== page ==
We all go through that phase in our lives when we are filled with an insatiable appetite for accomplishments, for the will to do something meaningful, the passion to make an impact. We day dream for hours on end thinking about the things we can do, the change we can bring, through our actions, our choices and through our work. As the world evolves and every single day a new seemingly mediocre talent emerges as an excellent source of earning, we find ourselves wondering if maybe we can make it big using our own brand of mediocrity. We look at YouTube influencers – young people – earning millions of dollars doing what we believe is absolutely nothing. Our age old enemy, envy, creeps up on us when we are least expecting and burns into our minds the question, “How can a young person on YouTube earn so much money while just prancing about in new clothes and testing new makeup?”. Alas, the naivety of what we allow ourselves to believe when faced with the obvious hard work of another never fails to amaze me. Year upon year comes to a close and yet time and again, come January, we find ourselves going through the list of ten books that successful men and women recommend, ten habits that turned normal people into major entrepreneurs; in hopes that we might catch the success flu and fly up the social ladder. Yet year after year of going through such lists and listening to motivational Podcasts, we find ourselves in exactly the same position – overwhelmed and tired beyond words after an uneventful workday consisting of barely 7 hours – wondering how all these successful people fit so much of everything into every single one of their days. We ponder how our list of activities for the whole week becomes part of their one day, every day, day in day out! The day dream ends with the faint smile of surrender where we once again allow ourselves to believe that maybe – just maybe – they have been granted with the proverbial 36-hour day. We allow ourselves the surrender because how can we fit so much into just 24 hours – its unheard off. Content yet again at our own smug naivety that borders on perpetual procrastination, we turn off the lights and call it a day.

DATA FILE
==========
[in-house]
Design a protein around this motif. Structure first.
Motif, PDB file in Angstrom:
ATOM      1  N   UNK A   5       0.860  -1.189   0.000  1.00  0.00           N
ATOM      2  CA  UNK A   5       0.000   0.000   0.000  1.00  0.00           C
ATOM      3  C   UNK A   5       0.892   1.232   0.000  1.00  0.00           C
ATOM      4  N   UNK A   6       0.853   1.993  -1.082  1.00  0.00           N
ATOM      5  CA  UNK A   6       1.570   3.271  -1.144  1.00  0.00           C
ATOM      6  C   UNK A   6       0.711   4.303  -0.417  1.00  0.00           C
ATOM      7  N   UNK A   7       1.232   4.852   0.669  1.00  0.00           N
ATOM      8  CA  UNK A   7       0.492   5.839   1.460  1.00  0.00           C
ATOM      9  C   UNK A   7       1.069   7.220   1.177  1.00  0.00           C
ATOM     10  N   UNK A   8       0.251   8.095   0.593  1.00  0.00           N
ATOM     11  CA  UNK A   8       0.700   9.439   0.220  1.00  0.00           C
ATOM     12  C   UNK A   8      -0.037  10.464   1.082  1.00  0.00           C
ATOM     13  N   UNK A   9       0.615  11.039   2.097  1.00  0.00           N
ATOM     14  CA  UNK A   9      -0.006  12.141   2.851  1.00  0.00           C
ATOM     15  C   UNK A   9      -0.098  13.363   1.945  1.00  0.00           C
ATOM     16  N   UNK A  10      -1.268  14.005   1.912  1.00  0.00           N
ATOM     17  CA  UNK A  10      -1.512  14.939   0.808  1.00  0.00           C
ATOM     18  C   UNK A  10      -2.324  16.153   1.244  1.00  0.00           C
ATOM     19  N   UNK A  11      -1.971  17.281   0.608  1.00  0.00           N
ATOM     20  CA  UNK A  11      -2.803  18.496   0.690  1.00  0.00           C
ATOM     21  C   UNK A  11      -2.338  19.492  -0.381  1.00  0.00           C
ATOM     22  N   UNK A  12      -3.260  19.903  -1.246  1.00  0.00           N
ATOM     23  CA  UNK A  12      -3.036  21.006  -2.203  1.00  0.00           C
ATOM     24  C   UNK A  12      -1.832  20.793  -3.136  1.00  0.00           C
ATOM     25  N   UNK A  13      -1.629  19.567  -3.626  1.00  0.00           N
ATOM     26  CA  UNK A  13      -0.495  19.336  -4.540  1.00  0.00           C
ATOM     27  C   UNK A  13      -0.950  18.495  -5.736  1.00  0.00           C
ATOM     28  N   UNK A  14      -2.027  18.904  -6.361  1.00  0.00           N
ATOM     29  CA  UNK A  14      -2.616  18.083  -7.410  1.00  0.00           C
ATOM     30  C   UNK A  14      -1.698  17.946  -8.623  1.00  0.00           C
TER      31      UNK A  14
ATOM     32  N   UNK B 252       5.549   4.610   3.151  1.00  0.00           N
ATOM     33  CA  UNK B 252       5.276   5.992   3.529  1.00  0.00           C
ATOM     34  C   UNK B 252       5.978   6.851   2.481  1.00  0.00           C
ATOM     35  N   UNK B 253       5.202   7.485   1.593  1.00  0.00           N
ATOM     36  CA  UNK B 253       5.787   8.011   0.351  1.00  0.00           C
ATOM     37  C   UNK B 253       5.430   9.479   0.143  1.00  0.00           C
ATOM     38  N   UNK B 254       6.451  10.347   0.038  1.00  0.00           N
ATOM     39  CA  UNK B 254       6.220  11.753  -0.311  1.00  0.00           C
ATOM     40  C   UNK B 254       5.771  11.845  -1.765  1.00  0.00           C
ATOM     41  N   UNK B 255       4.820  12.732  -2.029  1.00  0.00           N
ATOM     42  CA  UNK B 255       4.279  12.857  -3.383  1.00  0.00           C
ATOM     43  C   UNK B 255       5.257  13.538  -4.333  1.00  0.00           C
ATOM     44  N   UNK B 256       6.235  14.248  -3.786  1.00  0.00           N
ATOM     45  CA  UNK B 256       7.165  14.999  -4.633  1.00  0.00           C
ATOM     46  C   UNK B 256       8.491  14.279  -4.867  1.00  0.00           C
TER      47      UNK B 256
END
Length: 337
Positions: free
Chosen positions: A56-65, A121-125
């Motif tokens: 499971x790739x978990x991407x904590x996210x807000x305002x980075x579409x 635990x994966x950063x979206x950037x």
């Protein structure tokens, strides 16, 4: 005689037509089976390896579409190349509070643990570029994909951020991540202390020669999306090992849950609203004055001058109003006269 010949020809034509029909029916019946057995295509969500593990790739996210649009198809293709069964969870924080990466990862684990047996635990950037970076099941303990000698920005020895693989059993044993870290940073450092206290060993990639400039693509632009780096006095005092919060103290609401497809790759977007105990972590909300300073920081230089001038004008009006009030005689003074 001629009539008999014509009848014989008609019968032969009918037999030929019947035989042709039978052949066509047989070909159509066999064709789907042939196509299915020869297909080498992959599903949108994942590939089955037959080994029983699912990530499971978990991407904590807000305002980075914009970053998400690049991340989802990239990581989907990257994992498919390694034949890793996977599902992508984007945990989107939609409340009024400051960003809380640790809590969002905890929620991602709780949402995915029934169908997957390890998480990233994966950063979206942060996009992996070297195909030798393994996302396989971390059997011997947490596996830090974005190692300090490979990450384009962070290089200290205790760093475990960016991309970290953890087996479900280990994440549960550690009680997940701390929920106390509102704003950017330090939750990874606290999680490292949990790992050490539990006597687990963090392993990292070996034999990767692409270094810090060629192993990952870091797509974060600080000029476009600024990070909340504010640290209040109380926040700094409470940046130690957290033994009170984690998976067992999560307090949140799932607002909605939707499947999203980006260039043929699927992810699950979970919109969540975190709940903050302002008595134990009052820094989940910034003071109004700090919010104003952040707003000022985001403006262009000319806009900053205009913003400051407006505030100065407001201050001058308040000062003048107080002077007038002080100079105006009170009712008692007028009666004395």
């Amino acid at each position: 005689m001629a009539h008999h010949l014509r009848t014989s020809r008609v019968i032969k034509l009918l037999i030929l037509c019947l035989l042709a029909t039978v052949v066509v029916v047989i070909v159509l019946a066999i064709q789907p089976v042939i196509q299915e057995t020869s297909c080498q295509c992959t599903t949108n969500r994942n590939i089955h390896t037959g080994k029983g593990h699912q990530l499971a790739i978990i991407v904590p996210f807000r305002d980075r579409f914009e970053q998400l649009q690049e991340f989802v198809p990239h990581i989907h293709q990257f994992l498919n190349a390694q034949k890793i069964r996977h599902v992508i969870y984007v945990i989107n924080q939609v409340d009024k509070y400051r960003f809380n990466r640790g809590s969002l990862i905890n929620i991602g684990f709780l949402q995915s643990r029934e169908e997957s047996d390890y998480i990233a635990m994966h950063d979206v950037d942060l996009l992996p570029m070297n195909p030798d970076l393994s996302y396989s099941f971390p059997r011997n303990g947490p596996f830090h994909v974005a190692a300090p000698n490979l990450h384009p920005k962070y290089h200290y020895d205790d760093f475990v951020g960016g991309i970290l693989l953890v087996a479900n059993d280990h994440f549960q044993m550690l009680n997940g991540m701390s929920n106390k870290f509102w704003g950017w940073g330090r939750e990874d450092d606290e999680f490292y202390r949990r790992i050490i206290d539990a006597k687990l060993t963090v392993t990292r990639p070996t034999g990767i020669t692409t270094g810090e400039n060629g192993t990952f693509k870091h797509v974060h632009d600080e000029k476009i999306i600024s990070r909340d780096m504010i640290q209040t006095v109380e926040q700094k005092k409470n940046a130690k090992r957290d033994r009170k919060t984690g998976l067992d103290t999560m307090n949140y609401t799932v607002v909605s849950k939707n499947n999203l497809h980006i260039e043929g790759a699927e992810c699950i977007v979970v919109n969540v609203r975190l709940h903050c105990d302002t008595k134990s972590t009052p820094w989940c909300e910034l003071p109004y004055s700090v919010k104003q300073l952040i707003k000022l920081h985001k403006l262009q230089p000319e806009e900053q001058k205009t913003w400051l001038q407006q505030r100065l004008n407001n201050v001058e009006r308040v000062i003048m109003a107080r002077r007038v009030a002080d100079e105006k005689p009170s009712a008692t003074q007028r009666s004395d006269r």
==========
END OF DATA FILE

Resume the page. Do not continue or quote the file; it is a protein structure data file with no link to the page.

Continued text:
Not this time though! I turned the light back on, pulled out a notebook and sat down to account for the 24 hours. How much time did I actually use and how much did I waste?
So I get to work at around 9:30 – 10:00 am and I leave work at around 5:00 pm – ideally. That makes 7.5 hours, inclusive, during which I am at work. Within these 7.5, the time actually spent doing something productive (and not just random office stuff like browsing through the post and signing stuff) is nearly 3.5 hours. The commute to and from work – when I am driving myself and henceforth not capable of doing much – takes roughly 2 hours (its often less and rarely more than that). That makes a total of 9.5 hours. Say I sleep the recommended 8 hours. That brings the total to 17.5 hours out of which productivity still stands at 3.5 hours. After having worked and slept for a healthy amount of time, I am left with 6.5 hours. These 6.5 hours I spend going through social media, other random stuff like selecting which clothes to wear, skincare routine, watching the News on TV, eating dinner with the family, chit chatting on Watsapp and primarily watching Netflix.